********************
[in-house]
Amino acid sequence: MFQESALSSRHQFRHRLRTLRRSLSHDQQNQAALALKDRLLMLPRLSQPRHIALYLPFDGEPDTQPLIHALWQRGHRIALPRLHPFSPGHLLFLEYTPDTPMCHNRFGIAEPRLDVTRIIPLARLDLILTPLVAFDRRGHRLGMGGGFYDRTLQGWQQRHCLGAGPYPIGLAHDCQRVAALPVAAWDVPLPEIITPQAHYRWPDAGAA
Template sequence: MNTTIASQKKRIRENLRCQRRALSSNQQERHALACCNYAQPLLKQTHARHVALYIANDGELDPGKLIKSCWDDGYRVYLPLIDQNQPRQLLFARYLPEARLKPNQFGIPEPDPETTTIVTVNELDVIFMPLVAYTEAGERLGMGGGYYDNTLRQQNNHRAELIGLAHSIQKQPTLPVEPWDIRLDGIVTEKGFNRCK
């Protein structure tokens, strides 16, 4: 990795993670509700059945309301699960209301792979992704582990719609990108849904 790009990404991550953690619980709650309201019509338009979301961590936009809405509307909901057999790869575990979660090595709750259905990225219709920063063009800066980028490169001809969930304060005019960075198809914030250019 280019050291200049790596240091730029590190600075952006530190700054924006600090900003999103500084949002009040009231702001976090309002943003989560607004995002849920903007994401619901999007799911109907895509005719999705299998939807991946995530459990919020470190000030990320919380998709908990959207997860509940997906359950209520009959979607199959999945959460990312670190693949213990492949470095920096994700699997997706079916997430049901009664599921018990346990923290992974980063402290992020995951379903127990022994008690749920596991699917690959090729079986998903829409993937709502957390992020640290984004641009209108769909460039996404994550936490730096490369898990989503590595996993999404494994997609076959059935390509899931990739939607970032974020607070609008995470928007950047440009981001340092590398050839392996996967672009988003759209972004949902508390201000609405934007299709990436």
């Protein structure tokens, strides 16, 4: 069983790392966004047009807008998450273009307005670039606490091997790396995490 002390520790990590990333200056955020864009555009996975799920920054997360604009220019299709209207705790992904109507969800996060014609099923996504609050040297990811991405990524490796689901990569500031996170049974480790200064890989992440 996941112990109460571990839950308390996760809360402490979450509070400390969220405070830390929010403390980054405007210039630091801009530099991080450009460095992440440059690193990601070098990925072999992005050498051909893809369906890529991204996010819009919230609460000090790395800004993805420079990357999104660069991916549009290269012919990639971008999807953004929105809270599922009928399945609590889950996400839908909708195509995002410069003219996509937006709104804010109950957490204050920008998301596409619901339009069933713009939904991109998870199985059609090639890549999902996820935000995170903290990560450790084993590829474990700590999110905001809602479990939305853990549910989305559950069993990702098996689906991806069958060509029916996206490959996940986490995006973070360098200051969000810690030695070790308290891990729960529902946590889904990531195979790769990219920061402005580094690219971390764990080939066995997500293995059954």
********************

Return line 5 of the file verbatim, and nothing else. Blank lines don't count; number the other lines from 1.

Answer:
């Protein structure tokens, strides 16, 4: 069983790392966004047009807008998450273009307005670039606490091997790396995490 002390520790990590990333200056955020864009555009996975799920920054997360604009220019299709209207705790992904109507969800996060014609099923996504609050040297990811991405990524490796689901990569500031996170049974480790200064890989992440 996941112990109460571990839950308390996760809360402490979450509070400390969220405070830390929010403390980054405007210039630091801009530099991080450009460095992440440059690193990601070098990925072999992005050498051909893809369906890529991204996010819009919230609460000090790395800004993805420079990357999104660069991916549009290269012919990639971008999807953004929105809270599922009928399945609590889950996400839908909708195509995002410069003219996509937006709104804010109950957490204050920008998301596409619901339009069933713009939904991109998870199985059609090639890549999902996820935000995170903290990560450790084993590829474990700590999110905001809602479990939305853990549910989305559950069993990702098996689906991806069958060509029916996206490959996940986490995006973070360098200051969000810690030695070790308290891990729960529902946590889904990531195979790769990219920061402005580094690219971390764990080939066995997500293995059954």